In XCom 2, the aliens have won. They’ve conquered the Earth, and most of humanity is dead. Those who remain, far from living in a post-apocalyptic wasteland, live in glorious futuristic cities provided by Advent, the ruling body set up by the aliens. Obedience is the price of the technological miracles and safety offered by Advent. The fight to defend the Earth is over. The job in XCom 2 is to rally humanity against Advent, and ultimately boot the aliens off our damn planet.
In XCom 2, you lead an insurgency. And it hits some neat notes.
War in XCom is total. If you lose, you all die, get mulched down into nutrient soup and have your genetics recombined into soldiers for the enemy. Advent issues whatever propaganda they like, and civilians go about their business until they too are mulched. No one troubles themselves too much over what happens after the last of the aliens falls over in a hail of gunfire and plasma bolts because lifting the yoke of that oppression is hard enough in the moment.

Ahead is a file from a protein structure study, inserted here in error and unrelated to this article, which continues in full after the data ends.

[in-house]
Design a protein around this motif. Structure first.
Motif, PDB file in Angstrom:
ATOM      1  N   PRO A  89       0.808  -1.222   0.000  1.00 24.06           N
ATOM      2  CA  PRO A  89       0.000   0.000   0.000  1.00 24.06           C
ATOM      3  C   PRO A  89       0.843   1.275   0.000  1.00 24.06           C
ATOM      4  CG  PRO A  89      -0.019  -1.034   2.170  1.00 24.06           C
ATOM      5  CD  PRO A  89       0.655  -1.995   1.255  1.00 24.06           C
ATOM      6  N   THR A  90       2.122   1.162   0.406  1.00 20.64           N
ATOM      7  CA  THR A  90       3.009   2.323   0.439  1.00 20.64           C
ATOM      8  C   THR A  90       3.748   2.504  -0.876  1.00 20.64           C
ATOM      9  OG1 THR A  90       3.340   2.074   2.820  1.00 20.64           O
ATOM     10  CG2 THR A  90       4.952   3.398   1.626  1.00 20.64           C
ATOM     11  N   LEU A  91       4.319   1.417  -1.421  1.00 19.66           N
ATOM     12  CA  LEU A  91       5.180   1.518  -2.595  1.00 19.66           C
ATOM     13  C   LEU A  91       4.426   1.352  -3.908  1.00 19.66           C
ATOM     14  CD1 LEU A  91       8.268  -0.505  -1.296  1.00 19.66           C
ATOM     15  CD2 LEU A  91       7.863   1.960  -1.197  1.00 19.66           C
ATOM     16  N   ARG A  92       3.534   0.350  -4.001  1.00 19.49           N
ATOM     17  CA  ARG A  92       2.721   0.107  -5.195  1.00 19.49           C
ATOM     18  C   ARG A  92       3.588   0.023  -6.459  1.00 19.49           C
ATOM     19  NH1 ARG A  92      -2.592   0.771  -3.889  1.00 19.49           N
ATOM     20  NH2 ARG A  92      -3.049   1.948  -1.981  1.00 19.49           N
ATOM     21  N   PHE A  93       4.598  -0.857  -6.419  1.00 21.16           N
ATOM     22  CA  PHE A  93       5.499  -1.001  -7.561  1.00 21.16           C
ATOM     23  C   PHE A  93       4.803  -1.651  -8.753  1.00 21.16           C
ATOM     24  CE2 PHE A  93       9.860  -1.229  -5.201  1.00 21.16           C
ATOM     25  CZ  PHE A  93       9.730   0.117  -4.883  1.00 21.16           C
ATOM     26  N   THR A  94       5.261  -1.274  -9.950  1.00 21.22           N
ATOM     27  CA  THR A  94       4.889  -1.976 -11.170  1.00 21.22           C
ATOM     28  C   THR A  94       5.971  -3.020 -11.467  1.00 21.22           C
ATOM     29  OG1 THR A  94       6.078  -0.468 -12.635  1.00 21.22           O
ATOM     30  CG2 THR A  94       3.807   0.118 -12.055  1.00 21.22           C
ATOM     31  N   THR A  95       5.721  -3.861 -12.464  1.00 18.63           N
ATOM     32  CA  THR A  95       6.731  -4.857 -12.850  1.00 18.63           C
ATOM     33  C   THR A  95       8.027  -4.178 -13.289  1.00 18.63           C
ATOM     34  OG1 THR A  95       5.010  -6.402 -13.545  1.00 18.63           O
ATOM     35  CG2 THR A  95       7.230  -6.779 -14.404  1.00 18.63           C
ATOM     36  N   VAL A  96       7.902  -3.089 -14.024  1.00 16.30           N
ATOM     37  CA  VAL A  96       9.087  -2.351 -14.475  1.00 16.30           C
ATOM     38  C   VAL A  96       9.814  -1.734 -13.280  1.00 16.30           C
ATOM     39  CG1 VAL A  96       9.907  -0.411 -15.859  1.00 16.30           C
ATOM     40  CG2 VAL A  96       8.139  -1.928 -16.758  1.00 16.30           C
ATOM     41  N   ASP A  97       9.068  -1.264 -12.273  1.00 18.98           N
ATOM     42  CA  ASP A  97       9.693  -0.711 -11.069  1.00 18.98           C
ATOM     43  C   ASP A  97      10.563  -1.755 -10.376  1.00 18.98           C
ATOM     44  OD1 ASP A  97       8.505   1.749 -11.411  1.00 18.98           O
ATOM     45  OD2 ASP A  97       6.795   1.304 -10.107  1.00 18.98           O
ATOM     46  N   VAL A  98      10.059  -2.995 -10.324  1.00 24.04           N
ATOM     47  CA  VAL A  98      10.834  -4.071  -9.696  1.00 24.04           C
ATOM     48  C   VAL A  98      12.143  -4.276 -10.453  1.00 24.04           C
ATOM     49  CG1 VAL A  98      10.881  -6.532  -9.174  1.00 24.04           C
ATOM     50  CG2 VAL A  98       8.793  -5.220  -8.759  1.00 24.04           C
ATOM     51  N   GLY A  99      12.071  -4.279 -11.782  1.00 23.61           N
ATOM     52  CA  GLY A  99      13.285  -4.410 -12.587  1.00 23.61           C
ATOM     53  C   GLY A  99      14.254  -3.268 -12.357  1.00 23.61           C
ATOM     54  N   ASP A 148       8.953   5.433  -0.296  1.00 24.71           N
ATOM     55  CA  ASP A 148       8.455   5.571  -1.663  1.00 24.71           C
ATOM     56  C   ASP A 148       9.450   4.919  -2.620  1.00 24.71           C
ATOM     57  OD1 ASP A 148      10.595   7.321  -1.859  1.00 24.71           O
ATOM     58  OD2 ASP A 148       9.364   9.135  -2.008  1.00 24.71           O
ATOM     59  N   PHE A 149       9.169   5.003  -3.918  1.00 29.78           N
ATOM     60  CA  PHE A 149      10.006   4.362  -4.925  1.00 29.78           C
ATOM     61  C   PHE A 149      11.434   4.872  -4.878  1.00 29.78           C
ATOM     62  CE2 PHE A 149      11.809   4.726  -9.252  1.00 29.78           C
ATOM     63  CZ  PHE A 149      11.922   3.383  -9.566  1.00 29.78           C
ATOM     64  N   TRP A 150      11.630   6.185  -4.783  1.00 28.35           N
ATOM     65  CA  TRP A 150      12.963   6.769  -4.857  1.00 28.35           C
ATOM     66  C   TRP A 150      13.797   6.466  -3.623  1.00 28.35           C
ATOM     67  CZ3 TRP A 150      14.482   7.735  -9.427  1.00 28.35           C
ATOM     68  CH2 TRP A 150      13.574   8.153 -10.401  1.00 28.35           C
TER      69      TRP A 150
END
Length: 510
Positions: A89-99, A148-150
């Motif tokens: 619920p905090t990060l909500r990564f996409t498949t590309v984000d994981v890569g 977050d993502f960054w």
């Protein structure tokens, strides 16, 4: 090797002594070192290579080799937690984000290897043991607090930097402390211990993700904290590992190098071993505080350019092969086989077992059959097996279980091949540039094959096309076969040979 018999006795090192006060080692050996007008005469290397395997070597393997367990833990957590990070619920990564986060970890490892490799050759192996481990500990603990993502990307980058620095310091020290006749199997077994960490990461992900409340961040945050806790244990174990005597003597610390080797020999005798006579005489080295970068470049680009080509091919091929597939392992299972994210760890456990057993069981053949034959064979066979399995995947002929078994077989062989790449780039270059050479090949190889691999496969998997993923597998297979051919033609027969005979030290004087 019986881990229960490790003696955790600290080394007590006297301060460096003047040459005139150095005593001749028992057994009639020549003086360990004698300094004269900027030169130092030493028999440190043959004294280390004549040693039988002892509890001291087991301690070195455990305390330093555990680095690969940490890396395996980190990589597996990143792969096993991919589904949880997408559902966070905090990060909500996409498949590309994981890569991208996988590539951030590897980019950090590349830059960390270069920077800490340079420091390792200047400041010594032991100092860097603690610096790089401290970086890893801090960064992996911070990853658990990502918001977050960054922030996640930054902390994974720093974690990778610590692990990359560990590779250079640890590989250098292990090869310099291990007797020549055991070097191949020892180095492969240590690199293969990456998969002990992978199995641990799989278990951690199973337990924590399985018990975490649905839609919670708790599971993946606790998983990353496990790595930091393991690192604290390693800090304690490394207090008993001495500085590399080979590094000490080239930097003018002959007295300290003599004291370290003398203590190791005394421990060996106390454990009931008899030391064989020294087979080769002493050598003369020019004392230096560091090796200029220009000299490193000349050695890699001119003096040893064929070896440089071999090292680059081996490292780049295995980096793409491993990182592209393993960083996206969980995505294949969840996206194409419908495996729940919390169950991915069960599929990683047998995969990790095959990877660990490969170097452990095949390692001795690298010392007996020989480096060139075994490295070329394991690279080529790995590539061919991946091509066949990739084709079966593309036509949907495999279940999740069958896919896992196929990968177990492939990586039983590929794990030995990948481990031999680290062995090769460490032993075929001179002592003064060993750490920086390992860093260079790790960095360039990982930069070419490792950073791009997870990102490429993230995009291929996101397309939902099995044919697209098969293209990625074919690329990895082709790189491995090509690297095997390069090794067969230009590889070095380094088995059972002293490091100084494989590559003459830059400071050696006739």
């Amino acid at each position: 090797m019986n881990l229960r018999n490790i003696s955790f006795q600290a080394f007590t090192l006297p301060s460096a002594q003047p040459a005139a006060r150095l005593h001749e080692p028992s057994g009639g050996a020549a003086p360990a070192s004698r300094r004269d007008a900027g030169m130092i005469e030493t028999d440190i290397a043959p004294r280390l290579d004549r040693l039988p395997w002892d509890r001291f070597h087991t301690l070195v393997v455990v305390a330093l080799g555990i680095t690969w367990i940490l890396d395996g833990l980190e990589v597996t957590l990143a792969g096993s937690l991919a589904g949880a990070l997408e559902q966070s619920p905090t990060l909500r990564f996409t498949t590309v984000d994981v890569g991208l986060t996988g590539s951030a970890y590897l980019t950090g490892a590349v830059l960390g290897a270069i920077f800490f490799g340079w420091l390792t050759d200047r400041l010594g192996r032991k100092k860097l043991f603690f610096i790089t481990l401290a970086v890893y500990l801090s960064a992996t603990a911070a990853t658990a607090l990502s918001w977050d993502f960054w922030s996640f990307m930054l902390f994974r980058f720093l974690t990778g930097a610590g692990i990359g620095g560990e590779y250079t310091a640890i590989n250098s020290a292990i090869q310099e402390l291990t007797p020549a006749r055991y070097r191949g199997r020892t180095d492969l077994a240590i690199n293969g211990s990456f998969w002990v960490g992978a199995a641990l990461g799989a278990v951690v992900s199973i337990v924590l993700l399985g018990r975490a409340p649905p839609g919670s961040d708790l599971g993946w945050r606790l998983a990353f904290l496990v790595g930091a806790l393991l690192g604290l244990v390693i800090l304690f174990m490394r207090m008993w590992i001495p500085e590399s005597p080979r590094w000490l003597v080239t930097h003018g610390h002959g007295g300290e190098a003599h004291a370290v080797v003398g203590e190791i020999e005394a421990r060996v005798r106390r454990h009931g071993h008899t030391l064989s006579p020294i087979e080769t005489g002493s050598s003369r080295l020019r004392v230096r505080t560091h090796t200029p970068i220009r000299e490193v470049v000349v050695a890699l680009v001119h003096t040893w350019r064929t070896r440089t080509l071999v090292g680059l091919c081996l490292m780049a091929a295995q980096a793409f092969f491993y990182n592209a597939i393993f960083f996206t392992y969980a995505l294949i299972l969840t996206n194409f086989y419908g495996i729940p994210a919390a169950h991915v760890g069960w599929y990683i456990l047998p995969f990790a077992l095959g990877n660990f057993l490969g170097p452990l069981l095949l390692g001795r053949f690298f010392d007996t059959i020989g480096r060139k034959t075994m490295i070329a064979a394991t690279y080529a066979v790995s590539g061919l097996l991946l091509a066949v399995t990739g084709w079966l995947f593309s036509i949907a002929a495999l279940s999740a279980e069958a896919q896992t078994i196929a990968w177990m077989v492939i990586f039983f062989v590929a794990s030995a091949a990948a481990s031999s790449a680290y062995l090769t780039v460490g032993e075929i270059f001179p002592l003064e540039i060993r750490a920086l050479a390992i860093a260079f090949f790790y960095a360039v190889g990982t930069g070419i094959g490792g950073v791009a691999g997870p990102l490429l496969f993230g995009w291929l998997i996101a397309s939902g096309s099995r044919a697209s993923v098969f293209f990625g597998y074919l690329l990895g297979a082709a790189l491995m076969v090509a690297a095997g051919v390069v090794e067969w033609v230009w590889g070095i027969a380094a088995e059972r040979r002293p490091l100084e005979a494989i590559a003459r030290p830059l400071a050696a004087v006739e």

In a fight that all-consuming, what happens after is a non-sequitur. It serves only to distract with wishful thinking, and the default assumption is that everyone involved will be dead before the end is even in sight.
We have to matter to each other
One of the things that War of the Chosen introduced was soldier bonds, as well as additional resistance factions. The fight accepts a diverse set of approaches, but also demands that every faction be willing to put themselves on the line. Make no mistake, these aren’t allies, they’re accomplices. United in purpose, if not position.
The game consistently reinforces the fact that the insurgency requires more than the desire to fight. Encouraging bonds and the formation of complementary teams, reconciling factions once in opposition, and reminding you that your allies in the field are consistently under threat, and consistently willing to take risks for you.
Communications are more important than combat
Special game hint: you can win every mission and still lose. XCom has a strategic element as well as tactical, so you’ll create a global network of allies and resources. With that network, you can fail mission after mission and still come out on top in the long run. Connections are what see you through to the end.
We’ve been running our own insurgency on stream for a few months now, and learning all kinds of things about what life might be like at the edge of everything. Turns out empathy matters more than firepower. also some things are thinly veiled metaphors.